LAWRENCEVILLE -- As her first big move at the helm of the Gwinnett Board of Commissioners, Shirley Lasseter announced a reprieve for residents worried about a proposed airport privatization plan.
Officials had been scheduled this month to request proposals from companies qualified to be considered for the partnership. Three companies have submitted qualifications, including a firm that hopes to bring commercial airlines to Briscoe Field.
But with Lasseter's announcement, the firms deemed qualified to submit proposals won't be announced until January, after two new commissioners join the board. (A new chairman will be elected in March.)
"We feel that we owe it to our citizens to assure that we are reasonable weighing the pros and cons of what could potentially be a major policy decision," said Lasseter, the board's vice chairwoman who was given the duties of chairman with the resignation of Charles Bannister less than two weeks ago.
Lasseter said all of the commissioners agreed to the delay.
"We're not rushing this. We want people to understand we are taking the time to be thorough, accurate and correct," she said. "We will take as much time as it takes."
With two of her children and a grandchild in the audience, Lasseter began Tuesday's business session by sharing good news from the county, including applauding the recent prom held for senior citizens and congratulating the local school system in being named the top urban district in the country just two hours before.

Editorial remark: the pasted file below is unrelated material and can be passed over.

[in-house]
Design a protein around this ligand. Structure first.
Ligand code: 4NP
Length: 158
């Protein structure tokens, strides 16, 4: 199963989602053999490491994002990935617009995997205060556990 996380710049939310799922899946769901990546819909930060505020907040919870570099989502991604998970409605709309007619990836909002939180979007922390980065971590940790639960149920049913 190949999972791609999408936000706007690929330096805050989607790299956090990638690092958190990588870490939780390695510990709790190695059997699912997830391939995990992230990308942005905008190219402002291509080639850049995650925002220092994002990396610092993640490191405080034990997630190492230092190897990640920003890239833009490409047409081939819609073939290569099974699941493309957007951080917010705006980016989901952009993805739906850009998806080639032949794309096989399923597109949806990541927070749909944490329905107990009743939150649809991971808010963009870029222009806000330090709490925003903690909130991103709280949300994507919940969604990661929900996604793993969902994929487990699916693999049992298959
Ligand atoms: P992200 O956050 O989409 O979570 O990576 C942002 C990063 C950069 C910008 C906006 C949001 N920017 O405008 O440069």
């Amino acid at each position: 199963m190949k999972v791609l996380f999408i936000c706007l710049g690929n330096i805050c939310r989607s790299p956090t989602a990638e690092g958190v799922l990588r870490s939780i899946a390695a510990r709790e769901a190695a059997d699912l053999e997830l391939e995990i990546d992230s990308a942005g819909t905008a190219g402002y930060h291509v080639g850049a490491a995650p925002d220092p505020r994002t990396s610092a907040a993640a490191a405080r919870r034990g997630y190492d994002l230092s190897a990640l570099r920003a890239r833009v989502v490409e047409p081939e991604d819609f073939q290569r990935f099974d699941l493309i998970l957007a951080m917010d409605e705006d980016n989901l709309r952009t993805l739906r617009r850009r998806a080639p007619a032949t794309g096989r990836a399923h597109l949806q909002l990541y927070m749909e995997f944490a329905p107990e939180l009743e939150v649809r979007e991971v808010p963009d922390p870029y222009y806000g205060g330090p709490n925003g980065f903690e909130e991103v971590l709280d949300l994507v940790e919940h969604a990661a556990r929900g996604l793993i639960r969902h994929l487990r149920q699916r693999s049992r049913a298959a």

"We've always known that our school system is absolutely great," she said of the winners of the 2010 Broad Prize for Urban Education. "We're very proud of the faculty, staff and students at our schools, and congratulations goes to them."
Commissioner Bert Nasuti said Lasseter did well during her first turn with the gavel, noting that she gained plenty of experience as mayor of Duluth prior to being elected commissioner.
"We're going to keep moving things forward and do what we need to do," he said, adding that he and others offered to help since district commissioner is only a part-time job. "We'll pitch in for her and do everything we need to do."
After the meeting, Lasseter's grandson, 4-year-old Jude Limon, rushed through the aisles of the Gwinnett Justice and Administration Center auditorium, saying he was proud of his grandma and excited to watch her on the computer.
"I've got a very supportive family," Lasseter said with a smile.